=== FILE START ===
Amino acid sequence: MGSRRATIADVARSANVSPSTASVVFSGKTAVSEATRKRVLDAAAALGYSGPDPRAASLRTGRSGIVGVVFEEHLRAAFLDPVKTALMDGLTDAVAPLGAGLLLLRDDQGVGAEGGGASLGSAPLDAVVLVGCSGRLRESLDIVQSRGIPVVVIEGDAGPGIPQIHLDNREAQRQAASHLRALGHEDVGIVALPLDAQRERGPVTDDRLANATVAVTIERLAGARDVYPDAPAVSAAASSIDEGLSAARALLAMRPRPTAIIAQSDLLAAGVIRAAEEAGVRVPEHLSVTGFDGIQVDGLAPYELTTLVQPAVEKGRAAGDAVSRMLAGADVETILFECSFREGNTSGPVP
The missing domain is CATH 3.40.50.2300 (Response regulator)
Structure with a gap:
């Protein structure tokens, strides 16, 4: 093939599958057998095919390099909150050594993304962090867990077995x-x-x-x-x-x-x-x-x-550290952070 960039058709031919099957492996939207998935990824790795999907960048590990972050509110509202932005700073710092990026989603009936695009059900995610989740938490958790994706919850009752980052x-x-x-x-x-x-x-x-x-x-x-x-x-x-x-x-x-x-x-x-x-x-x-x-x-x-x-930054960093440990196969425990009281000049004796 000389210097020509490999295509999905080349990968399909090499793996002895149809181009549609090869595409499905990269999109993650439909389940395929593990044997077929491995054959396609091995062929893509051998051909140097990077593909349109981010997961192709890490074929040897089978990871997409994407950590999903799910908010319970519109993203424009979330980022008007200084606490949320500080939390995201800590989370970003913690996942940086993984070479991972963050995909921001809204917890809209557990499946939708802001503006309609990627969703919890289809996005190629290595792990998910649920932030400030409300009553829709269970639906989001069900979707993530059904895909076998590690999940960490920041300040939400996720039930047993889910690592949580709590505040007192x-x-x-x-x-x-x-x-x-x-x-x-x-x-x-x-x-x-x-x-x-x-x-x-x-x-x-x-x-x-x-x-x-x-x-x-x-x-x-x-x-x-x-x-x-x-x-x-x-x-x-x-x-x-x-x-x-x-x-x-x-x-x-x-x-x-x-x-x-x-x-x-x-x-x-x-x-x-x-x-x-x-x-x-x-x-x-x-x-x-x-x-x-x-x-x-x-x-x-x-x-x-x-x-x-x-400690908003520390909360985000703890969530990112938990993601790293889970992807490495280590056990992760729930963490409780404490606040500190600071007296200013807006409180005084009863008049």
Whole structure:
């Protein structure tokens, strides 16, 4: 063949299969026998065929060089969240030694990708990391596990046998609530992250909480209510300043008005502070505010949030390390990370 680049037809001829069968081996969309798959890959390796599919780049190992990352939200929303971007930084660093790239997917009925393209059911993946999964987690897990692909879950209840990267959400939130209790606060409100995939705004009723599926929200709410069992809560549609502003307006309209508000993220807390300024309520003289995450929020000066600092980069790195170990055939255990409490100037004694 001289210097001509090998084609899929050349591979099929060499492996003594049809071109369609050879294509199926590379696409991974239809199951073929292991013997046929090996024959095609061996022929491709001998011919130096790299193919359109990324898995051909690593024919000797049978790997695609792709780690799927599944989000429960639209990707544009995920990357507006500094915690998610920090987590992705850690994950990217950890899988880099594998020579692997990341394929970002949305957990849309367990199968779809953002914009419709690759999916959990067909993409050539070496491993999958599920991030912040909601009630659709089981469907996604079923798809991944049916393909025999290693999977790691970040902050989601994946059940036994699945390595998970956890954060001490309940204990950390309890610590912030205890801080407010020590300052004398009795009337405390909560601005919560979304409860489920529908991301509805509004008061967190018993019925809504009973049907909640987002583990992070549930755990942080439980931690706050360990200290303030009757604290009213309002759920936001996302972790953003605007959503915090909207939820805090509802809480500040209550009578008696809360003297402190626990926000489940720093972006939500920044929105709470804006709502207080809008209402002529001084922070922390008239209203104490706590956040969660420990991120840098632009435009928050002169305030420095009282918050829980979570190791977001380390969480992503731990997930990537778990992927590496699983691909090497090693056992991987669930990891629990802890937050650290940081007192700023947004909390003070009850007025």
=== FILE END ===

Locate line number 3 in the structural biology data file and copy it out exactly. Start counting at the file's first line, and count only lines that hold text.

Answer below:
Structure with a gap: